The United States also has a huge problem with the rampant sexism, scapegoating and disdain for human rights criteria. The news during Donald Trump’s presidency alone is littered with stories of minorities being killed by vigilantes who often cite President Trump as an influence, or quotes of various politicians making wide generalizations about different groups of people. A particular nasty example comes from Trump’s 2016 run where he said that people coming over the border were primarily murderers, drug dealers and rapists when that couldn’t be farther from the truth. This tactic was also used by Hitler in Germany with the Jewish people, LGBT people, and people with disabilities, citing them for the problems Germany was facing at the time even though the problems were created by the nation’s poor management. Let’s not get ahead of the cart, though. Human rights violations and sexism is something baked into this country. The Founding Fathers including George Washington, John Adams and Benjamin Franklin all owned slaves. This is not a negotiable fact. It might surprise you to know that this was not an across the board practice. There were abolitionists, such as John Laurens, at the time who thought the use of slaves while fighting for the country’s freedom was hypocritical and I frankly have to agree. The Founding Fathers were not riding against a societal tide. They had every opportunity to say, “No more,” but they didn’t, because then the white people would have to do the housework. Even through the country’s history with racism and legislation supposedly outlawing racist practices, evil people found more and more ways to get around the law to continue subjugating people they deemed inferior.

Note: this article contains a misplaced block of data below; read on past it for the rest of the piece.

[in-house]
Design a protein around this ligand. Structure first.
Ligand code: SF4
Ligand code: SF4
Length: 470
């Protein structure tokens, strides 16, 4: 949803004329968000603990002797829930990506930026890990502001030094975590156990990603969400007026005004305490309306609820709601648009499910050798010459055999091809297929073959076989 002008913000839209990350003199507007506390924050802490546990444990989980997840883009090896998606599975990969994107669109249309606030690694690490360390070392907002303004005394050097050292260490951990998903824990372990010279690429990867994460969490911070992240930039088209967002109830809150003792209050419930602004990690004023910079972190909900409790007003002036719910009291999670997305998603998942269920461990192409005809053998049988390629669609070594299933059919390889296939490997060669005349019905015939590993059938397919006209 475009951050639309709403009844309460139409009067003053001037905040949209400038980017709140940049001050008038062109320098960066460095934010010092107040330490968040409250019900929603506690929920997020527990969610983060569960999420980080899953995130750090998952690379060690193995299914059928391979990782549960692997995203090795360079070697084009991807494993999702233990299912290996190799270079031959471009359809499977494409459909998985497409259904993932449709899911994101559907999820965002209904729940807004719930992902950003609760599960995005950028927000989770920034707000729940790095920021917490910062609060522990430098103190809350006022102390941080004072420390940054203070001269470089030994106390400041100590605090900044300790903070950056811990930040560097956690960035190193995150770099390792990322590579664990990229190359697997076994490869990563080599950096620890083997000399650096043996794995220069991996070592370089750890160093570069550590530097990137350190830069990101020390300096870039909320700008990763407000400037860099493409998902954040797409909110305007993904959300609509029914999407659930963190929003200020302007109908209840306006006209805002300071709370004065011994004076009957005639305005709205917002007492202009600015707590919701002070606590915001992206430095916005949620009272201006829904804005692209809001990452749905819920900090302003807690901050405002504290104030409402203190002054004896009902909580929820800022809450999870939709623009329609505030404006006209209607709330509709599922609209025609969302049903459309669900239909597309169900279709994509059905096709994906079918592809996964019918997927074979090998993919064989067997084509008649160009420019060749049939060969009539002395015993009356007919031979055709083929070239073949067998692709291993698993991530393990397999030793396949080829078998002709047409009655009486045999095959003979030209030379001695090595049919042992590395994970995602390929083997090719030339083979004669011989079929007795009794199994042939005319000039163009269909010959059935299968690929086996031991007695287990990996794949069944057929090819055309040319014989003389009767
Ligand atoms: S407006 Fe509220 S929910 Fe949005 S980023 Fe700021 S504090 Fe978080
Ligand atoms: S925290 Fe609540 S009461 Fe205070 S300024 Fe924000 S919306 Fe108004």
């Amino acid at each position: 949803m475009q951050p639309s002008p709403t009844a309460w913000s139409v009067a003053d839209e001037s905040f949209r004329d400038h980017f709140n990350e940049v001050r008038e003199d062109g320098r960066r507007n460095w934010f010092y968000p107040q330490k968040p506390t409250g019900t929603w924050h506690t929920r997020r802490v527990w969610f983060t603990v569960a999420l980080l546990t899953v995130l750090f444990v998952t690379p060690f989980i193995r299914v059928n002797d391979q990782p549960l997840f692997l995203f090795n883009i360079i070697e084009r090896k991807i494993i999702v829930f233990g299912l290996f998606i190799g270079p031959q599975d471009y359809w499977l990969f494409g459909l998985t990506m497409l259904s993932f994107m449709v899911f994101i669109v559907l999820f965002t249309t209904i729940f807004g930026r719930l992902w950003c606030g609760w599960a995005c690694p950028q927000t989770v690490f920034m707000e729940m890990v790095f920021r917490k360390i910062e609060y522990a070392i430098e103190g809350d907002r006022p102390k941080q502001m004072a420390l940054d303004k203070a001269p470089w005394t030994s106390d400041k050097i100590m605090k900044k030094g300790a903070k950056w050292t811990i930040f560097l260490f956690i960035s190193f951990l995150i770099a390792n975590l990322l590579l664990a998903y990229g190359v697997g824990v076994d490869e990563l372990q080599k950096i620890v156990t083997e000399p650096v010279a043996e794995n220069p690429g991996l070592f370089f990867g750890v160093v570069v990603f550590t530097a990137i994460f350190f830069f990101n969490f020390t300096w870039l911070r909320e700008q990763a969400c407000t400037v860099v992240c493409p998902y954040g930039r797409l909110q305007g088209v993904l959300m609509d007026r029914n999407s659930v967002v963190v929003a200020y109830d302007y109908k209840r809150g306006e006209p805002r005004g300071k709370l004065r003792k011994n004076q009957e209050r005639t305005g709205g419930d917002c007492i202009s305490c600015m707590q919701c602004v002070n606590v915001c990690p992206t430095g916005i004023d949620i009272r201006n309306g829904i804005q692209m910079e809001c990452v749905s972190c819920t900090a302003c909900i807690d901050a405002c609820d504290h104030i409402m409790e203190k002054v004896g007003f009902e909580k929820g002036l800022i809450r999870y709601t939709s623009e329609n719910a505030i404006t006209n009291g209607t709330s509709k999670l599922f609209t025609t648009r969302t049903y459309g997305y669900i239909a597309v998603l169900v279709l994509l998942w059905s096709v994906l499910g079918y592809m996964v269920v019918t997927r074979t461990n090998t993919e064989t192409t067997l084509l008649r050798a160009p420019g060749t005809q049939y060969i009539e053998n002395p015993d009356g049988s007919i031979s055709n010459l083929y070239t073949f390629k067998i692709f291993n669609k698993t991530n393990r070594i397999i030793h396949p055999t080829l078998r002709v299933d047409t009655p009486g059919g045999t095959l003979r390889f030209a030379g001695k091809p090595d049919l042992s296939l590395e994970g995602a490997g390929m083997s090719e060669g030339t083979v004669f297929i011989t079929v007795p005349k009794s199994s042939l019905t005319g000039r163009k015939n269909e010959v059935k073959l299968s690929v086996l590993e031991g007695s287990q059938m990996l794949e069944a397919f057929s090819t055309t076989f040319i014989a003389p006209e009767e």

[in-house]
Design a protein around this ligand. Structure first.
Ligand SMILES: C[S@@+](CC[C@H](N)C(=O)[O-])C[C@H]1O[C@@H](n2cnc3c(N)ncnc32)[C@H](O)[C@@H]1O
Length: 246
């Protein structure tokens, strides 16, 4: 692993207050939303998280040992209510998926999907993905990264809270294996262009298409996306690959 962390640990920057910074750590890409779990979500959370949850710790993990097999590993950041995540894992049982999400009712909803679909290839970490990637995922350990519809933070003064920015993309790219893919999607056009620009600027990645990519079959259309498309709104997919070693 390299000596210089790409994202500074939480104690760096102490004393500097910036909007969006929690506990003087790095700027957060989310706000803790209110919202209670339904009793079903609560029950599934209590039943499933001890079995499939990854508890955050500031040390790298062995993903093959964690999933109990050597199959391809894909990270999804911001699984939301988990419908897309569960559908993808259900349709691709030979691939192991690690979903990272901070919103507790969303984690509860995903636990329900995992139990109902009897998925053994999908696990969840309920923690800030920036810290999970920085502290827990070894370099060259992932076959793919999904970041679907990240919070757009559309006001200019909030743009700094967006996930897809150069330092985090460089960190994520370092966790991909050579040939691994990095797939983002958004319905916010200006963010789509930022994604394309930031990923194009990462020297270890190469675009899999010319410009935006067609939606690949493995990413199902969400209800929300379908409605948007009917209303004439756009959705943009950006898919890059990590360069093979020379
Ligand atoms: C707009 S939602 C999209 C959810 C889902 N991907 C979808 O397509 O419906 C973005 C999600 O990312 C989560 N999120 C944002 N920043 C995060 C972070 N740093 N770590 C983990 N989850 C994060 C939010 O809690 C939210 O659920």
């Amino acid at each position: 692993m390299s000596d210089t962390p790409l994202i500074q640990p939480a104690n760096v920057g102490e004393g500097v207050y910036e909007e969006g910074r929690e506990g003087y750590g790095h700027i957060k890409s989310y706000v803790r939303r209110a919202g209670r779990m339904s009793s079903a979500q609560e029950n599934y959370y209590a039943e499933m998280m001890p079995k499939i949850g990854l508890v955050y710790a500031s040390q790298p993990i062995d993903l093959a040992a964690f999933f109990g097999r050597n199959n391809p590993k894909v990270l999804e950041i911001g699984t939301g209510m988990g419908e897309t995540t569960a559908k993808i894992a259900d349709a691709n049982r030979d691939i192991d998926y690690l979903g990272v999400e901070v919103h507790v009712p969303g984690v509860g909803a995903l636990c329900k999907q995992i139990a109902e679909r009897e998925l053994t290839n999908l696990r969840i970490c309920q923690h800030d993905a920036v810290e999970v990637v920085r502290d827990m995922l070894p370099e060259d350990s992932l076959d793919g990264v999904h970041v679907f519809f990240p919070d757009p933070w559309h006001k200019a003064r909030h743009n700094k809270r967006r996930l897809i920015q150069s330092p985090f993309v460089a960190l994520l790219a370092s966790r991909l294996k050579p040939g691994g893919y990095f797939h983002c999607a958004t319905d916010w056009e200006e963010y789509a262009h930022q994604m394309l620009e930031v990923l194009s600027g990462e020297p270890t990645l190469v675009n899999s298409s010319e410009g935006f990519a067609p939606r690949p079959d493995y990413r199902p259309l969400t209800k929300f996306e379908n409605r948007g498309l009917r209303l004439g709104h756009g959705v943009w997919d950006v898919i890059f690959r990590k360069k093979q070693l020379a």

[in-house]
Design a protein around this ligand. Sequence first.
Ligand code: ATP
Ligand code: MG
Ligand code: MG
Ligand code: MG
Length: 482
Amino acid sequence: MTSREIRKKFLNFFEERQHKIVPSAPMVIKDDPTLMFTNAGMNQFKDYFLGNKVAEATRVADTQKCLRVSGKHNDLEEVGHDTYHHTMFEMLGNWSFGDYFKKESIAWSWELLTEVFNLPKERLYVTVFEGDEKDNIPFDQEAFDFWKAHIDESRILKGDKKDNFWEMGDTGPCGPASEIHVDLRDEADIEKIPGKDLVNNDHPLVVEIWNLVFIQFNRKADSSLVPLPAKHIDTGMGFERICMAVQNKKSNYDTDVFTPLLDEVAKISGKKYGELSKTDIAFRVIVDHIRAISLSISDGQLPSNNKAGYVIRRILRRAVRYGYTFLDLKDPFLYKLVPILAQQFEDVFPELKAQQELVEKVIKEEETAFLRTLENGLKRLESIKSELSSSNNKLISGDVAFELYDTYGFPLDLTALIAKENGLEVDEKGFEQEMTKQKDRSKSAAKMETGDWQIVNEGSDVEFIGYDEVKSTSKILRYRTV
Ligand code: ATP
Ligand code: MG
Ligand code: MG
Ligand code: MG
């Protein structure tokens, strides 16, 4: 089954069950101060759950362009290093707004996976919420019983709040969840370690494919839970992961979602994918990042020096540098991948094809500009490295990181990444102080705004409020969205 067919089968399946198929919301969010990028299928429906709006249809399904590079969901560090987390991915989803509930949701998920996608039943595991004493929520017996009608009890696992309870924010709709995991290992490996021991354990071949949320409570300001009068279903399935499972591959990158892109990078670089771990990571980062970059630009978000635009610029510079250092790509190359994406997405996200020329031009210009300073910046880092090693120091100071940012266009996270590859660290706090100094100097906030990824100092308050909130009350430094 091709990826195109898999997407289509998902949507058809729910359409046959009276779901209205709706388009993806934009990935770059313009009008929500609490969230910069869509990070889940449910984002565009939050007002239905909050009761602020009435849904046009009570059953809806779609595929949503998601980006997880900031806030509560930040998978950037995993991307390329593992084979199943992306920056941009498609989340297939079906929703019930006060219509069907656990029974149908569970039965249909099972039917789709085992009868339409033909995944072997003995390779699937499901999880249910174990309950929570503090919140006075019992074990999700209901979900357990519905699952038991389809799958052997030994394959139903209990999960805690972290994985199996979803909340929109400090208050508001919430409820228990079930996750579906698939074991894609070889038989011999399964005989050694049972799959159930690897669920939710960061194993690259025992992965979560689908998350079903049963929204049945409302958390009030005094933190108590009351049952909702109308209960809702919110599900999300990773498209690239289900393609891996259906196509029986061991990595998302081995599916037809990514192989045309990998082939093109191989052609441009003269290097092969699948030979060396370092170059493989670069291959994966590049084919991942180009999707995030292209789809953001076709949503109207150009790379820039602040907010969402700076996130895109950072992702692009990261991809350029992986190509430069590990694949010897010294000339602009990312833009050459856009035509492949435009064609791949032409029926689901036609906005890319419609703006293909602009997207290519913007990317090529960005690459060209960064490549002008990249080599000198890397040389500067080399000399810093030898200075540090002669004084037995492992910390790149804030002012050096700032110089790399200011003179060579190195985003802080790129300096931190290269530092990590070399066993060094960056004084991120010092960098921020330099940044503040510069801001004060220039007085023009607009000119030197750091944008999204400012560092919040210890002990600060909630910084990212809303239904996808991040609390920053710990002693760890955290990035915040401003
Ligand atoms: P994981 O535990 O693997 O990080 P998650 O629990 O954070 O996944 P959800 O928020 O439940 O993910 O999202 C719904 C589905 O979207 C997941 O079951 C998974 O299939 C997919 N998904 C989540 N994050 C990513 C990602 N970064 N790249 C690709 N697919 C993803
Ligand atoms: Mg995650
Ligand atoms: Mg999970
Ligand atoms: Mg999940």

We come to the protection of corporate interests over the interests of laborers. This is the whole reason Karl Marx wrote a whole manifesto. You can see evidence of the nation’s horrible record with this everywhere. The fact that CEOs and billionaires can increase their wealth exponentially in the middle of a pandemic while workers have to slave away hoping they don’t get the disease with some businesses not even offering hazard pay, and others only offering it through a certain period. The laborer has almost no power in the modern workforce because our system of economics has taken it from them. 

One doesn’t even need to touch the control of the mass media. Trump bemoans the media outlets that don’t let him lie to the American people as “fake news” or says their questions are “terrible” or “nasty.” The ones who never question the things he says such as One America News Network are often treated much nicer or even encouraged to attack their colleagues. This is not how journalism is supposed to be. This country has had a disdain for intellectualism and the arts for some time as well. People are encouraged to go into fields that will produce the most money, and anything else like the humanities are often seen as “passions” rather than careers. On top of this, elected officials in the United States become megaphones for outlandish conspiracies or pseudoscience which is detrimental to the intellectual health of the nation. 

The only way to stop fascism is to fight it. When someone makes an outlandish claim, find a neutral source to combat it. If someone is spouting hate, don’t abide it. Stop them in their tracks and check them. Philosopher Noam Chomsky once said, “There is no neutral. Neutral is the side of the oppressor.” He was right. You have to fight the horrible and disgusting at the grassroots level because fascism is exacerbated by governments, but people are the only weapon against it.